In an effort to respond to the need of employers to have clear guidance on the extent to which they can mandate COVID-19 vaccines under the Americans With Disabilities Act and Title VII, the U.S. Equal Employment Opportunity Commission on Dec. 16 updated its guidance on vaccines by issuing "What You Should Know About COVID-19 and the ADA, Rehabilitation Act, and Other EEO Laws."
The commission acted quickly in responding to the employer community, which had publicly challenged the EEOC to detail its guidance in the fast-changing COVID-19 world.
Essentially, the EEOC has said all employers can require mandatory vaccines as long as the employer: (i) allows employees to receive the vaccine from a third party that does not have a contract with the employer, and (ii) follows accommodation requirements under the ADA and Title VII.
The revised guidelines
The main legal restriction on requiring employees to be vaccinated comes from the ADA, which contains strict restrictions on an employer's ability to require employees to undergo a medical examination and make disability-related inquiries.
The EEOC stated in its revised guidance that a vaccine is not a medical examination and that asking employees about whether or not they have been vaccinated is not a disability-related inquiry. (On the latter point, at least one federal court has arguably held to the contrary, holding that inquiring about whether an employee is immune to a disease is a disability-related inquiry.)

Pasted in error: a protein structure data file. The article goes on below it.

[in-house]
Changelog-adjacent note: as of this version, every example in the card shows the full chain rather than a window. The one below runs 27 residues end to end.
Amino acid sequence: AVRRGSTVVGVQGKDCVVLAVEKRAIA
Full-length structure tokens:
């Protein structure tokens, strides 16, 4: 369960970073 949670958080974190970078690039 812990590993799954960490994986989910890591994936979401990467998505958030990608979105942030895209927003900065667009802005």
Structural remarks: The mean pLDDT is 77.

However, the EEOC also stated that pre-screening questions asked by the employer, or a contractor administering the vaccine at the employer's request, "may" implicate the ADA's provision on disability-related inquiries as they are "likely" to elicit information about a disability.
Thus, if an employer administers the vaccine, or a contractor does so on its behalf, the employer must show that such pre-screening questions are job-related and consistent with business necessity.
Originally Published by New England In-House.
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